"It could be something that blends in with what we have. I don't want Soldier Field. I don't want a spaceship on the front lawn," DeNeal said.
    The board approved a budget for the 2013-2014 school year predicting a total deficit of $1,250,791. The education fund expenditures are predicted be $624,292 greater than revenue with the education fund ending with $427,880, the building fund $41,659 greater than revenue, liability fund $200,000 greater than revenue and life safety $1,428,000 greater than revenue.
    The year began with $8,371,041, there is predicted to be $19,487,890 in revenue, $20,738,681 in expenses and Smith predicts the year will end June 30, 2014, with $7,120,250.
    DeNeal asked about the deficit in the education fund last year and Smith said it was about the same as this year at about $600,000.
    Smith said the only unknown in the budget is the equalized assessed valuation that comes from the tax assessor's office.
    Smith conducted a budget study session at 4:30 p.m. prior to the meeting that board members Michelle Way, Jeffrey Drake, Brian Hester and Tom DeNeal attended as well as citizen Elizabeth Woodworth and The Daily Register.
    During the meeting Smith explained there were many reasons for the deficit, but mainly spoke of the state prorating state aid payments by 89 percent. The state aid and local tax levy is supposed to provide $6,119 to educate each student. This year with the state's proration the board was able to spend only $5,400 per student.
    "That's $1 million less than what we're entitled to," Smith said during the budget study session.
    Architect Ed Kerkhover said window replacement at East Side, West Side and Davenport Gym is moving forward. Windows may not arrive until the end of October or early November.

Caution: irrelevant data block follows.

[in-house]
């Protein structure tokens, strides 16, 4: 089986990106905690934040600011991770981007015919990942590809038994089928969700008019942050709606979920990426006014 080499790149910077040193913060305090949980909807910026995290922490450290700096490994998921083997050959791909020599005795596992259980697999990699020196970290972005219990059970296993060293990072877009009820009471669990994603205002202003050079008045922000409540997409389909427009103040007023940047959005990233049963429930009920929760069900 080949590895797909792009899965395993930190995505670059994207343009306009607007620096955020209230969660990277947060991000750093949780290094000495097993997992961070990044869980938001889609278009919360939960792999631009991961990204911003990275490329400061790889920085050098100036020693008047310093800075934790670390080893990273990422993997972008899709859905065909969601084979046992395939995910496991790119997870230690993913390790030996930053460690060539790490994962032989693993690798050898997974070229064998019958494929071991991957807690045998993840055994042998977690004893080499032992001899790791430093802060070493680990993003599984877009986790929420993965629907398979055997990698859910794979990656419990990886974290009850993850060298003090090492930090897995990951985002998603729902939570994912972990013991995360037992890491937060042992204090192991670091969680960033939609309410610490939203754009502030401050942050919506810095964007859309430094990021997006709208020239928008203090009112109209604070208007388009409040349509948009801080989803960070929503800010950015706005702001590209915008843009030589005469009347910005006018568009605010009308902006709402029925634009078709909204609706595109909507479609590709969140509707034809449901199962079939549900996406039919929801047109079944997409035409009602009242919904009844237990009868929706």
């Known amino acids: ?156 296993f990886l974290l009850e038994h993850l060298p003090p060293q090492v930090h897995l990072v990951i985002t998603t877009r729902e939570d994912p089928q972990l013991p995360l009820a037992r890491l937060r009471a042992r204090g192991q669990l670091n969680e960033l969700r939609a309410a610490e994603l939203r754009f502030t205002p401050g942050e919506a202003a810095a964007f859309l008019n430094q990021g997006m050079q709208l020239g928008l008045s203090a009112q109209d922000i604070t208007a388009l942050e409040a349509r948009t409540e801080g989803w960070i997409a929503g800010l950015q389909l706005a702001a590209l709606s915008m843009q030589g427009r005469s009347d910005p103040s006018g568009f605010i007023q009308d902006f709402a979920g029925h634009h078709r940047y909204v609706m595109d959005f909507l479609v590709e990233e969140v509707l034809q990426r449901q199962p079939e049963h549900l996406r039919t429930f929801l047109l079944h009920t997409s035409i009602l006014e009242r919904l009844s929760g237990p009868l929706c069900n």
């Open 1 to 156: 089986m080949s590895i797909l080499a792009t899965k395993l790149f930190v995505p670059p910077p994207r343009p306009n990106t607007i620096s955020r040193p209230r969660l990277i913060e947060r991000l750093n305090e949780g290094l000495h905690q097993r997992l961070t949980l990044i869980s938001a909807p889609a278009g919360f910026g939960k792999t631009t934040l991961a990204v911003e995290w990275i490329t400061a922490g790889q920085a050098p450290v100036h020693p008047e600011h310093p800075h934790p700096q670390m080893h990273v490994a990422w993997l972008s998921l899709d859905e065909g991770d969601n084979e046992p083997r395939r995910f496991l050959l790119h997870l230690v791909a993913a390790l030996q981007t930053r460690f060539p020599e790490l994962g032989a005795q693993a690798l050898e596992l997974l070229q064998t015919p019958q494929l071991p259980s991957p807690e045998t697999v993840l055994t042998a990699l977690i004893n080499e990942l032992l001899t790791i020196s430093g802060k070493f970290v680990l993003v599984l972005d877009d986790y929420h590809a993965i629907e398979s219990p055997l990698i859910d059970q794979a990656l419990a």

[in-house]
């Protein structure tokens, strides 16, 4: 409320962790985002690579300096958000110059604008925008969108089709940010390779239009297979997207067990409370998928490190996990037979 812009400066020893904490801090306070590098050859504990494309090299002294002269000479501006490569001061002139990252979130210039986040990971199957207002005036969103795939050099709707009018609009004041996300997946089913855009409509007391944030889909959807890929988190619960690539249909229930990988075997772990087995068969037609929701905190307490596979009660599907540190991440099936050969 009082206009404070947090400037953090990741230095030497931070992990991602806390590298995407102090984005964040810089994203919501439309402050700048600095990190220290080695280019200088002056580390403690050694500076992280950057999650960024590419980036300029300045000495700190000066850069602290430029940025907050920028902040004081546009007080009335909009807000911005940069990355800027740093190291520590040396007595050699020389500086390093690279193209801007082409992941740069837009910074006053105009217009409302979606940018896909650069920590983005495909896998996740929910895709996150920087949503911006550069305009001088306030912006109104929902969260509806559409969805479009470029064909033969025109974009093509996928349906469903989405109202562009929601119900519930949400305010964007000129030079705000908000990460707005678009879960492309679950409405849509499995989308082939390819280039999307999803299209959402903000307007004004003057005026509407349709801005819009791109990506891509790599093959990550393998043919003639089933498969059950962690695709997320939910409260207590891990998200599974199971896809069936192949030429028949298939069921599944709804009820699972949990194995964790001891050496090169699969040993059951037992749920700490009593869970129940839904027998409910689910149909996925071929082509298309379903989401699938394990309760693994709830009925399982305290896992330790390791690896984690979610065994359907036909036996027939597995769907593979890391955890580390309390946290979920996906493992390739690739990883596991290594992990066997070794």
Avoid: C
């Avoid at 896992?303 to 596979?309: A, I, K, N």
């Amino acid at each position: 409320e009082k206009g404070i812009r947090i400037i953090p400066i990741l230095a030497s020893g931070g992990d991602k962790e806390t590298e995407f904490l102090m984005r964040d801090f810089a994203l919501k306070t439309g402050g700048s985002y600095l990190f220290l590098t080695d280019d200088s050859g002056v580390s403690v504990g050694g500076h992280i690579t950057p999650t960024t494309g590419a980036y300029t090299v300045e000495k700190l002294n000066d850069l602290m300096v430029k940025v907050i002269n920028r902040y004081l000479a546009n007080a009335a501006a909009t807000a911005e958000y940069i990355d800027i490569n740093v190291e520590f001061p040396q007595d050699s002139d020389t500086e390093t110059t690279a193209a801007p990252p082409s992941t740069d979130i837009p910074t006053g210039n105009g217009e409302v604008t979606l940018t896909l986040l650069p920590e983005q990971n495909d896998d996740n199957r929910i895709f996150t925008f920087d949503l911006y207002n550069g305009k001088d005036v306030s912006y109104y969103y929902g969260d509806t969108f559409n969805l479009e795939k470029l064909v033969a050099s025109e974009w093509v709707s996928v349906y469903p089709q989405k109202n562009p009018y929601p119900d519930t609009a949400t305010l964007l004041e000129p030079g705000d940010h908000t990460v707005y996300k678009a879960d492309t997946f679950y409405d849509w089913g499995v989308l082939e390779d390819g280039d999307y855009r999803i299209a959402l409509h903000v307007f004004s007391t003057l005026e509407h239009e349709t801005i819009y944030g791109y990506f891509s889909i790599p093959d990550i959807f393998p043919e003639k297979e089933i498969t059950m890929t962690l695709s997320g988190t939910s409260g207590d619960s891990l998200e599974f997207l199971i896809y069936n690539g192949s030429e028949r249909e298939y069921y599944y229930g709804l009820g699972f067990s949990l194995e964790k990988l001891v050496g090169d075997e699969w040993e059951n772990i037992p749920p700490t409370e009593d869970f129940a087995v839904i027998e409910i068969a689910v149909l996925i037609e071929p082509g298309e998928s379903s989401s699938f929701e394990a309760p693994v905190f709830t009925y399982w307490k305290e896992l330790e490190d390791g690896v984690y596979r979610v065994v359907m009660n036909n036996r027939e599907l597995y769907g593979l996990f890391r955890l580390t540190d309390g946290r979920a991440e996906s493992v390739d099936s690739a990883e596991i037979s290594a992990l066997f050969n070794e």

"There are ridiculously long lee times on windows," Kerkhover said.
    "There has been a struggle with our windows man to get something from them."
    Kerkhover said in hindsight it would have been better to break the East and West Side window replacement from the Davenport project and embarked on two smaller projects.
    Page 3 of 3 - During the meeting, the board:
    Approved Valarie Hodge as Freedom of Information Act officer.
    Created a 100-day, $8,000 a year, $10.93 an hour guidance counselor clerk.
    Approved a West Side Media Aide position of $15,000 a year with responsibilities of shelving, working with teachers and taking 25 classes into the library for teachers' one-hour preparation time. Hester, Dearing and DeNeal voted no, but the other four members voted yes to carry the motion.
    Discussed replacing the East Side secretary position. Secretary Glenda Lipe resigned and the board had talked about not replacing her, but Principal Scott Dewar said that would not be possible. Berry said the board may hire someone for that position during the next meeting.
    Discussed cutting one custodial staff position, but agreed the schools look better than they have in years and no one made a motion to cut the staff.
    Approved the resignations of EOC Aides Joan Epplin, Cherie Webb and Holley Markham and Copy Aide Buffy Lane.
    Approved the employment of Lexi Barton as nurse, Trinity Balfour, Kalee Burklow and Sharon Horton as EOC aides, Jerica Howton as temporary EOC aide and Caitlyn Dismang as football cheerleading coach.
    Approved assistant golf coaches, Kenny Jenkins and Bimp Simpson.
    Approved assistant middle school golf coaches, Jacob Morse and Brett Sullivan.
    Approved assistant middle school baseball coach T.A. Sullivan.
    Approved assistant middle school cross country coaches Mike Hearn and Robin Newcomb.
    Approved assistant middle school cheerleading coach Jaime Questelle.
    Approved maternity leave for Marj DeNeal and Jessica Morber.
    Approved a leave of absence for Jami Gullic.